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Nicola Popovic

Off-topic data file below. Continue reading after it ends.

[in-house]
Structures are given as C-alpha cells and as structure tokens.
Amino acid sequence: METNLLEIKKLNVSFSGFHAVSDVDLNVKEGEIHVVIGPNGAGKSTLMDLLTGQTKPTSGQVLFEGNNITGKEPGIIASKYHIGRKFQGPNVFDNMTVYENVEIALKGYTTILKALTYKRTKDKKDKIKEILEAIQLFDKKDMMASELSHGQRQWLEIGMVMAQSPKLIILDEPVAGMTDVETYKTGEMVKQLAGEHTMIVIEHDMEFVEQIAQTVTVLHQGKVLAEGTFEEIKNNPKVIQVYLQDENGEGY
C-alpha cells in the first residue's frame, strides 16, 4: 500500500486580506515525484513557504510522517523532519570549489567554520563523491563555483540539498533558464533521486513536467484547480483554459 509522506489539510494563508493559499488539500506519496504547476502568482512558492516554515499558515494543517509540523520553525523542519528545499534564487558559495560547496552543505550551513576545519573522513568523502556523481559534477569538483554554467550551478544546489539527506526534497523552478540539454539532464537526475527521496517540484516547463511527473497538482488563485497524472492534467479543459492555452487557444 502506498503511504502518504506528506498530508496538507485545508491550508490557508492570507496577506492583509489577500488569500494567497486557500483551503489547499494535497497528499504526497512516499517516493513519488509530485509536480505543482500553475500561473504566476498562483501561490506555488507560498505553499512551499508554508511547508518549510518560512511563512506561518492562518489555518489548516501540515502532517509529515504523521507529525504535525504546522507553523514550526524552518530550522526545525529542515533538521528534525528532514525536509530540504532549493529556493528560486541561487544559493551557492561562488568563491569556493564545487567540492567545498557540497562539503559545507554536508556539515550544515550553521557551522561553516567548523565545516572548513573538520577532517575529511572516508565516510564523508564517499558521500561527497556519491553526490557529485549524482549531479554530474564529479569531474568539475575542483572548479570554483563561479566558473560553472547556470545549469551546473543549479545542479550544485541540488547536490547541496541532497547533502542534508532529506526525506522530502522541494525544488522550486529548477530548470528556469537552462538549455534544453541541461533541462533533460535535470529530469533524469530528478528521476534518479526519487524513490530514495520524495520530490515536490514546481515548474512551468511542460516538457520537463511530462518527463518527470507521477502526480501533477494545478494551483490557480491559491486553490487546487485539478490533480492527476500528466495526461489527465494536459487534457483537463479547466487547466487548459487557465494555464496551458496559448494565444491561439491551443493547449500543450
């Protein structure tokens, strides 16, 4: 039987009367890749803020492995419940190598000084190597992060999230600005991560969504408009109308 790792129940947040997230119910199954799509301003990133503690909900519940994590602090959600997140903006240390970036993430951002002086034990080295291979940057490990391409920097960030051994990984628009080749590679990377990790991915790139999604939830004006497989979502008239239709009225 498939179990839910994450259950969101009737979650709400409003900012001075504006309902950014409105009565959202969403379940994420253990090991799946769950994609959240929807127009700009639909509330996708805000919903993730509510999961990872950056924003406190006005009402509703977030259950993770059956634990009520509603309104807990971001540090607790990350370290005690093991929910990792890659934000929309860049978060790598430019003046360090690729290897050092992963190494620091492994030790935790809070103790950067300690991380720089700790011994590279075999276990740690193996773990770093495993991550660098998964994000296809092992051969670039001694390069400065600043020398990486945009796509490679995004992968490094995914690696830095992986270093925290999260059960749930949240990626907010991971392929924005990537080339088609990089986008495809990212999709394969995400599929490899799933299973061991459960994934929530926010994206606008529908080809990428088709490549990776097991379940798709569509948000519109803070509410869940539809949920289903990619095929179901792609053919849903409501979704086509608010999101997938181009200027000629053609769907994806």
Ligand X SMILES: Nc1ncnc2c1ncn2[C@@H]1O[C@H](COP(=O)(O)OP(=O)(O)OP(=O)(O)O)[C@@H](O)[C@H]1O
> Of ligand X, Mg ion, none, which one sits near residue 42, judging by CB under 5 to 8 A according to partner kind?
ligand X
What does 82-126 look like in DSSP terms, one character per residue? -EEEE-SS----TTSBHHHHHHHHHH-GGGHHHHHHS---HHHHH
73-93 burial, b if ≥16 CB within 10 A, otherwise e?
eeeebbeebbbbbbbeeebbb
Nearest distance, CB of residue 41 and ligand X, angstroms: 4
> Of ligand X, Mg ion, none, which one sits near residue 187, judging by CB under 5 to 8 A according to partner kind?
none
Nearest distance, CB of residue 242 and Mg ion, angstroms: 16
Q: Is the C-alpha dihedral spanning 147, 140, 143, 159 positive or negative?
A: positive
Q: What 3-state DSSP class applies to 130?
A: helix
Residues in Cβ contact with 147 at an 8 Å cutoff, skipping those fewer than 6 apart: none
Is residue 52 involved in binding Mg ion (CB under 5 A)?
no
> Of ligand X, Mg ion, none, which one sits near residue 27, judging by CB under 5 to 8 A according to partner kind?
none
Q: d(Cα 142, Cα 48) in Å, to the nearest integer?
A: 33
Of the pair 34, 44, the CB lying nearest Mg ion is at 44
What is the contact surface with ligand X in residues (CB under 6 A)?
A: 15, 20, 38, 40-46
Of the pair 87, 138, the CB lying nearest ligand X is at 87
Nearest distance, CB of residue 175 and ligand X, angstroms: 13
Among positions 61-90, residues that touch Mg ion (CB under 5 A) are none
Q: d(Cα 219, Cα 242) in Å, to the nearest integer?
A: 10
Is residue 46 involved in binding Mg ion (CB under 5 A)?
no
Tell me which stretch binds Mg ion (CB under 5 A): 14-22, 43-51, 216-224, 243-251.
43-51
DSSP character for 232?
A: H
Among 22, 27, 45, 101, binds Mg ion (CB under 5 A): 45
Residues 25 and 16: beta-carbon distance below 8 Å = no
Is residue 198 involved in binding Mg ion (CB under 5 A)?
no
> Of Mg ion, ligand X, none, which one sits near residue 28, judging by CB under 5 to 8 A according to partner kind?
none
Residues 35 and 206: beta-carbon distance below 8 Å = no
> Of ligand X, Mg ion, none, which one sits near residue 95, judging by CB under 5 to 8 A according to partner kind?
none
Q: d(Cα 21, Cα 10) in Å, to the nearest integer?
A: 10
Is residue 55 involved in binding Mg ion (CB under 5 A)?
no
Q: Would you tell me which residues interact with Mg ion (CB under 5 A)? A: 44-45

Examining the resources needed to implement Security Council Resolution 1325 at national level as well as the gains, gaps and glitches of financing the women peace and security agenda. Over the last decade the policy environment on women, peace and security has gained significant momentum. The adoption of UN Security Council Resolution 1325 in 2000, the recent adoption of subsequent resolutions 1820, 1888 and 1889 and now the development of indicators for tracking the implementation of 1325 call for a moment of reflection. Reflection on what has been invested, what has been achieved and, most importantly, what impact these investments have had on women, peace and security. This reflective process should include an assessment of the resources dedicated to the implementation of the women, peace and security resolutions. The purpose of this document is to highlight the different approaches to identify the funding for and the resources spent on the implementation of Security Council resolution 1325 at the national level. It provides an analysis of the current situation of mobilizing domestic and international financial resources for the development of the agenda on women and peace and security. It also analyzes approaches to calculating the cost of a 1325 National Action Plan, and how resources of different initiatives have been used to support the implementation of resolution 1325. It highlights good practices and lessons learned over the last ten years. It is expected that the information and examples contained in the study will support the proper accounting for the funds dedicated for the Security Council resolution 1325, to be implemented in a more effective, transparent and coherent way.